Take the 2-minute tour ×
Stack Overflow is a question and answer site for professional and enthusiast programmers. It's 100% free.
// function scoreHandArray scores your hand
function scoreHandArray(hand) {
    var score = 0;
    for (i=0,i<hand.length,i++) {
        score = score + hand[i].value;
    };
    return score;
};

console.log( "You have the " + player[0].face + " of " + player[0].suit " and the " + player[1].face " of " + player[1].suit " for a score of " scoreHandArray(player));

Hello, it's me again! This function here has an error in it that I cannot find, returning SyntaxError: Expected ';'. (I know it is the function, because commenting out the console.log changes nothing.) Function scoreHandArray takes an array of objects and returns the score of the objects. Full source code here:

// This code defines the Object constructor Card, used to make the card objects
var Card = function(card) {
    this.face = theFace(card);
    this.suit = theSuit(card);
    this.value = theValue(card);
};

// This code creates the Deck to be used.
var deck = [];
for ( i=0 ; i<52 ; i++ ) {
    deck.push( i );
};
for ( i=51 ; i>0 ; i-- ) {
    var random = Math.floor(Math.random()*i);
    var temp = deck[random];
    deck[random] = deck[i];
    deck[i] = temp;
};
// 0-12 is Spades.
// 13-25 is Hearts.
// 26-38 is Clubs.
// 39-51 is Diamonds.

// Now we create the hand of the player and dealer
var player = [];
var dealer = [];

// Now to deal a card to player
player.push(deck.pop());
dealer.push(deck.pop());

// and another
player.push(deck.pop());
dealer.push(deck.pop());

// function theFace gives the face of a card
function theFace( card ) {
    var faces = ["King","Ace","2","3","4","5","6","7","8","9","10","Queen","Jack"];
    return(faces[card%13]);
};

// function theValue uses 'switch' to determine points from a card
function theValue(card) {
    var value = card % 13;
    switch( value ) {

        case(0):
        case(11):
        case(12):
            value = 10;
            break;

        case(1):
            value = 11;
            break;

        default:
            value = value;
            break;

    };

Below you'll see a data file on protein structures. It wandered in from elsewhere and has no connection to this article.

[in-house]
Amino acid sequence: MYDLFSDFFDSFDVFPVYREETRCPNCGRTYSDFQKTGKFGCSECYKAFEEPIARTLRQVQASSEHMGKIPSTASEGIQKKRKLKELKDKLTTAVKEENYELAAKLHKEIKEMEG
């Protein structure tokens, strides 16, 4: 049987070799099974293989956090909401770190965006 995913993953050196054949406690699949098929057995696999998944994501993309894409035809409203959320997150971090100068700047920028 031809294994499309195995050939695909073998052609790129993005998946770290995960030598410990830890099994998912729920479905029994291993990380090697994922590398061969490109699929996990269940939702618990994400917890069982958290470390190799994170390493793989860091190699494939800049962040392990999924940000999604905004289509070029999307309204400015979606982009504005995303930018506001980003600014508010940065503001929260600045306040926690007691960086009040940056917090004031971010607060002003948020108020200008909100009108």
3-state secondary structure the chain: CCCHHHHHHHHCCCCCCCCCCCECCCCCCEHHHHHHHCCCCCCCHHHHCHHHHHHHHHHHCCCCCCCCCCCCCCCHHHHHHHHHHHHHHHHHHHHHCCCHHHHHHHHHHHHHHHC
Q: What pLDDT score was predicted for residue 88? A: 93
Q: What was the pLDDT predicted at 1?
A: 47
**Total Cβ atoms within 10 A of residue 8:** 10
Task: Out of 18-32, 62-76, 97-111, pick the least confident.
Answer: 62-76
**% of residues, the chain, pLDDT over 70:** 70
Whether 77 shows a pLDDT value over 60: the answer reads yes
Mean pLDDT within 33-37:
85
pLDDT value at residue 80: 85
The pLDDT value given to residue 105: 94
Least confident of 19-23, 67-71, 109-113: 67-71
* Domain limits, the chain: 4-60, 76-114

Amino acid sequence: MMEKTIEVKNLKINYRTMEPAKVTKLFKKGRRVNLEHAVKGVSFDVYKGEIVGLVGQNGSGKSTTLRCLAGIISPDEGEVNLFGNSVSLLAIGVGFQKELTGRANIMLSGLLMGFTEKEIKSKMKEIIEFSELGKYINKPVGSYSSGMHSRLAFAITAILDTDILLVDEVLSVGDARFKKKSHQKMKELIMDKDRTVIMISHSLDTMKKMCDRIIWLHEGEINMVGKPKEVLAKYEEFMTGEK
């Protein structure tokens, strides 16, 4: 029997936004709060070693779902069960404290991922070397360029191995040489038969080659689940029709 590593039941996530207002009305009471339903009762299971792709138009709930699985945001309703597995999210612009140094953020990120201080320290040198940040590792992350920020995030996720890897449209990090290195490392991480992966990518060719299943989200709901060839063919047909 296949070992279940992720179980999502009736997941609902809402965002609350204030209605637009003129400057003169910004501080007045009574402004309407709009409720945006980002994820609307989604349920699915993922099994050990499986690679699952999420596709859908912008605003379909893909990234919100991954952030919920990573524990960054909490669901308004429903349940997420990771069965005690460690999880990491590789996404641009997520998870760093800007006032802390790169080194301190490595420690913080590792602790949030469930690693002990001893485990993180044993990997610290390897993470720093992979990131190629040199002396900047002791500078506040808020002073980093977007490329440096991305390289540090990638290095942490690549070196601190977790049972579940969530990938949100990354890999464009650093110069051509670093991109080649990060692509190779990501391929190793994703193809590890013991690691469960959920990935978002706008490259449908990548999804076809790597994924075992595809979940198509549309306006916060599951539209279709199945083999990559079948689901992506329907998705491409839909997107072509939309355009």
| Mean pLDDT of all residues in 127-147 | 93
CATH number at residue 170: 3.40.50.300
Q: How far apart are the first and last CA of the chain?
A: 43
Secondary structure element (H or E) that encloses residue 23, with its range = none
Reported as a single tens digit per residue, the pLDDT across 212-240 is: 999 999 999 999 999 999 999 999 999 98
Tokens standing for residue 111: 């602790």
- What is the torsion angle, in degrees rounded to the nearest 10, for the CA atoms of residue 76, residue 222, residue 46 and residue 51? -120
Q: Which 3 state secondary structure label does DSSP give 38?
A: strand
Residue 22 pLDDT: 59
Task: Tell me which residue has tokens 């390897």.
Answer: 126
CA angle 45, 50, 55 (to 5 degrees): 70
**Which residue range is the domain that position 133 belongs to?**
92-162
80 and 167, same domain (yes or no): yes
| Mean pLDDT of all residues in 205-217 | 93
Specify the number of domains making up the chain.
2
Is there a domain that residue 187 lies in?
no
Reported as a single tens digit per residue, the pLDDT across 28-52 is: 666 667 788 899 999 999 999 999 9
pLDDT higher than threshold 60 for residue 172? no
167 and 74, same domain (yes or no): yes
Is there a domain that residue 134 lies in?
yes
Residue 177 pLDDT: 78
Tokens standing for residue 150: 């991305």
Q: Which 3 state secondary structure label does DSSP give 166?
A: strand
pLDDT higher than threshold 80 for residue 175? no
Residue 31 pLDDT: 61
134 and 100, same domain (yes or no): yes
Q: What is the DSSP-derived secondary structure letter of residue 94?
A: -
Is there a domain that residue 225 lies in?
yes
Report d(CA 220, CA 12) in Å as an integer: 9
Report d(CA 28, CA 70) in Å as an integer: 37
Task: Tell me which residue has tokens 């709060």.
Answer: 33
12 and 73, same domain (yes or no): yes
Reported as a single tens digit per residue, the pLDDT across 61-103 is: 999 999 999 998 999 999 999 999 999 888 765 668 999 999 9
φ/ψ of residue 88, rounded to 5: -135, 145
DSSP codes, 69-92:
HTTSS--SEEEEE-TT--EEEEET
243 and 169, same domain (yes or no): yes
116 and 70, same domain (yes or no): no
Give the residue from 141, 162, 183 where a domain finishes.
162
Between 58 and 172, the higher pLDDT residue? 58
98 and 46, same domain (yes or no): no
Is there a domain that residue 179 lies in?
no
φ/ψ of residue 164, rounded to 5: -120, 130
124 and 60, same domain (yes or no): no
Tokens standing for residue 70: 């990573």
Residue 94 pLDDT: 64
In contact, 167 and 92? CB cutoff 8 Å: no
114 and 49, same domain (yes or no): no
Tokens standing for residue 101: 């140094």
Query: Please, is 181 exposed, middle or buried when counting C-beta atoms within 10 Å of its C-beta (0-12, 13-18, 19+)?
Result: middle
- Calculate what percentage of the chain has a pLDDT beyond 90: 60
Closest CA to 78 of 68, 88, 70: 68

return value;
};

// function theSuit returns the suit of a card
function theSuit(card) {
    var suit;
    if(card>38) {
        suit = "Diamonds";
    }else if(card>25) {
        suit = "Clubs";
    }else if(card>12) {
        suit = "Hearts";
    }else {
        suit = "Spades";
    };
    return suit;
};

// function toObject the first (numbered) card of of a hand 
// and turns it into an Object with the desired properties
function toObject( hand ) {
    var card = hand.pop();
    if (typeof(card) !== "number") {
        hand.push(card);
    } else {
        var card = new Card (card);
        hand.unshift(card);
    };
    return hand;
};

toObject(player);
toObject(player);
toObject(dealer);
toObject(dealer);

// function scoreHandArray scores your hand
function scoreHandArray(hand) {
    var score = 0;
    for (i=0,i<hand.length,i++) {
        score = score + hand[i].value;
    };
    return score;
};

console.log( "You have the " + player[0].face + " of " + player[0].suit " and the " + player[1].face " of " + player[1].suit " for a score of " scoreHandArray(player));

Strange, now after replacing the ,s in the for loop with ;s, it now responds ReferenceError: expected ')'. What ) could it want? (The error appears to be in the last console.log line, as commenting it out makes the error dissapear.) I counted, in that line I have 2 ( and 2 )!

share|improve this question

2 Answers 2

up vote 1 down vote accepted

It looks like your problem is here:

for (i=0,i<hand.length,i++) {
    score = score + hand[i].value;
};

You need to replace the commas in the for loop with ;. Also, The semicolon after the } isn't necessary.

Additionally, using var i=0 at the beginning of the loop is preferred, and also prevents scoping issues due to referencing the global i variable.

share|improve this answer
    
aww, come on! I thought I had checked that! Thanks! –  CAD97 Feb 10 '12 at 16:51
    
You're welcome. Check out JSLint (posted by Mike_K) as well, it's quite helpful. –  davethegr8 Feb 10 '12 at 16:54

Your best bet would to put ALL of your JavaScript code in JSLint. this will help you clean up whatever syntax issues may be cascading into a problem, and help big time for cross browser compatibility.

share|improve this answer

Your Answer

 
discard

By posting your answer, you agree to the privacy policy and terms of service.

Not the answer you're looking for? Browse other questions tagged or ask your own question.